I gather the profoundly right wing Institute for Economic Affairs is to publish an article written by the former press office of UKIP, Tim Worstall, criticizing UK Uncut.
I also gather he claims that UK Uncut misrepresent the facts and completely misunderstand the way that tax law operates – both within the UK and abroad. On their four main targets he says:
Vodafone has been attacked over a supposedly unpaid tax bill of £6bn, based on profits of its German subsidiaries. However, it is not – and never can be – a principle of tax law that a company should pay both UK tax and German tax on the activities of the German parts of the business. The amount under discussion is therefore much less than the £6bn suggested, and HMRC and Vodafone have come to a compromise owing to the discrepancies that exist between UK and EU law.
That’s why the UK Revenue were winning all the way through the courts was it? Because they were. And that’s also why Vodafone provided for a bill about twice what they paid, was it? Because they did? No, this is Worstall making the misrepresentations here. It’s undeniable that no one knows the full facts of this case - except that as Private Eye have repeatedly alleged, that Dave Hartnett, boss of HMRC, took his winning team off it and with the help of Deloitte negotiated a cut down deal announced a few days before George Osborne was promoting the company in India. The allegation is not about tax in that case at all – it’s about the deal that was done. Worstall completely ignores the real issue – or maybe seeks to misrepresent it.
Boots has also been attacked without justification. A Swiss company, it pays UK tax on its UK profits. However, the company financed its operations through borrowing, and, as a cost of doing business, the interest paid was perfectly legally written off against profits before tax. It should also be noted that those who lent money will have paid tax on the interest they received.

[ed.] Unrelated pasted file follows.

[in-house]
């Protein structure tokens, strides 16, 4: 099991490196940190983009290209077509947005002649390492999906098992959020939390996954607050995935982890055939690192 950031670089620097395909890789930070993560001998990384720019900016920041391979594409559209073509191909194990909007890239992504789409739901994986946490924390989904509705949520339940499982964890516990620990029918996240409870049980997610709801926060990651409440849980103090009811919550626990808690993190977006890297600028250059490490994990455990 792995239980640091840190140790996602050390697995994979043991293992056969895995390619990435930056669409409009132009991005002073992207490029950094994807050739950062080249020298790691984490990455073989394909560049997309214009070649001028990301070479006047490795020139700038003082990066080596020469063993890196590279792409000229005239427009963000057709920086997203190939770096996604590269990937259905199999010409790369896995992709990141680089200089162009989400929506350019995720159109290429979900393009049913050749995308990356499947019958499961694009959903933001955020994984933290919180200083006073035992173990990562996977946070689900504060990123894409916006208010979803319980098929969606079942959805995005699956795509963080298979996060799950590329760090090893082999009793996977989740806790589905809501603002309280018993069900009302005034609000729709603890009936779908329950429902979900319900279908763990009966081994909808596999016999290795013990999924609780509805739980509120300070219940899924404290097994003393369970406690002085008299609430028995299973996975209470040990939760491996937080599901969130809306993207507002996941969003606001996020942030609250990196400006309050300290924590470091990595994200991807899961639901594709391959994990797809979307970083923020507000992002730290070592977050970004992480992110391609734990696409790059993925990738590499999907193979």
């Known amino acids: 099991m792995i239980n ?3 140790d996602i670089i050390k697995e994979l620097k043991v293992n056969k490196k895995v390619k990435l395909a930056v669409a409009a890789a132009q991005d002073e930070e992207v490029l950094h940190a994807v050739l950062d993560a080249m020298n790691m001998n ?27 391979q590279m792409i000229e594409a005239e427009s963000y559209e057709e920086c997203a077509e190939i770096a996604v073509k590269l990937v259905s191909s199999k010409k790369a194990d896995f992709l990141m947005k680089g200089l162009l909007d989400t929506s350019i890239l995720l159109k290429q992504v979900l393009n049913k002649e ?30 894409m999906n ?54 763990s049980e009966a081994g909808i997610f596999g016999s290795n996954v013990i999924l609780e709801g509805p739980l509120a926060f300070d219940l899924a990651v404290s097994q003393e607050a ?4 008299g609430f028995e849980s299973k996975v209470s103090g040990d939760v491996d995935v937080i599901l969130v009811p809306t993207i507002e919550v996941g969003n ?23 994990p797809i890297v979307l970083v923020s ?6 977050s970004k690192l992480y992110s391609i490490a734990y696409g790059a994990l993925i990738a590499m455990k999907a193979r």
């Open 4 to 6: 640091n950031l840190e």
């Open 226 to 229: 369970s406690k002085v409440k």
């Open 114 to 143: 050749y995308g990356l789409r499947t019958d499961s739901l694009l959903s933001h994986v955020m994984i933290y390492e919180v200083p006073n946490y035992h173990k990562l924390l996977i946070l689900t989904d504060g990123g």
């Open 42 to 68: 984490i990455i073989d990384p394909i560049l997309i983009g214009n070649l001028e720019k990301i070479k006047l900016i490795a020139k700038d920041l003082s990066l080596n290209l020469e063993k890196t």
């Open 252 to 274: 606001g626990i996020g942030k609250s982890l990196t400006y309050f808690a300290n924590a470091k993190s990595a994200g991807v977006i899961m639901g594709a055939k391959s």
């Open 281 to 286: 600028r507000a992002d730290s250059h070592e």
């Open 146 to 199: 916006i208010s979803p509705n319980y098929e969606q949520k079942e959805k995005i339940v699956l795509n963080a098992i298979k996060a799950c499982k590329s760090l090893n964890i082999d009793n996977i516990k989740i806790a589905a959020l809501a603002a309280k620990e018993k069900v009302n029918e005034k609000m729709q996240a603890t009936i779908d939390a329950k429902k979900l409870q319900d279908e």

Sure the deal was legal – no one said otherwise. But there’s widespread feeling that the UK is being taken for a ride on this issue of giving extraordinarily generous relief for borrowing: borrowing in this case expended to buy Boots and not incurred in the course of its trade. That does stand contrary to a principle of general tax law – that relief is not given as a matter of course when it is incurred to put yourself in a position to do a trade rather than n in the course of actually undertaking it. But legality is not disputed. It’s the way the law is being abused in the opinion of many that is being highlighted. Again, Worstall misrepresents the truth.
Back to Worstall
Philip Green and the Arcadia Group are possibly the most high-profile targets, Philip Green standing accused of avoiding tax by paying a dividend from a company he controls to his wife who, in turn, does not pay UK tax.This allegation is wrong in three respects. His wife owns Arcadia through a holding company that she also owns and her husband manages the company. Secondly, Arcadia pays corporation tax but any dividends must be paid to the owner – Tina Green. It is only further, higher rate, tax that is not being paid on the dividends. Thirdly, the UK tax system now taxes husbands and wives separately. The implications of UK Uncut’s suggestion that Philip Green’s tax status should determine the tax that Tina Green pays would be to send our tax system back to the dark ages.
All true, of course. And all utterly misleading. First, the UK has sought to challenge settlements from husbands on wives. Worstall ignores this. They have not in this case, but the law to do so exists. Second, Worstall ignores the fact that the protest highlights the offshore arrangements used – which are considered to be abusive in themselves by those protesting, and without which it is certain more tax would have been paid somewhere. So again Wortsall utterly misrepresents the basis for the protest.
So, let Worstall have his fourth try: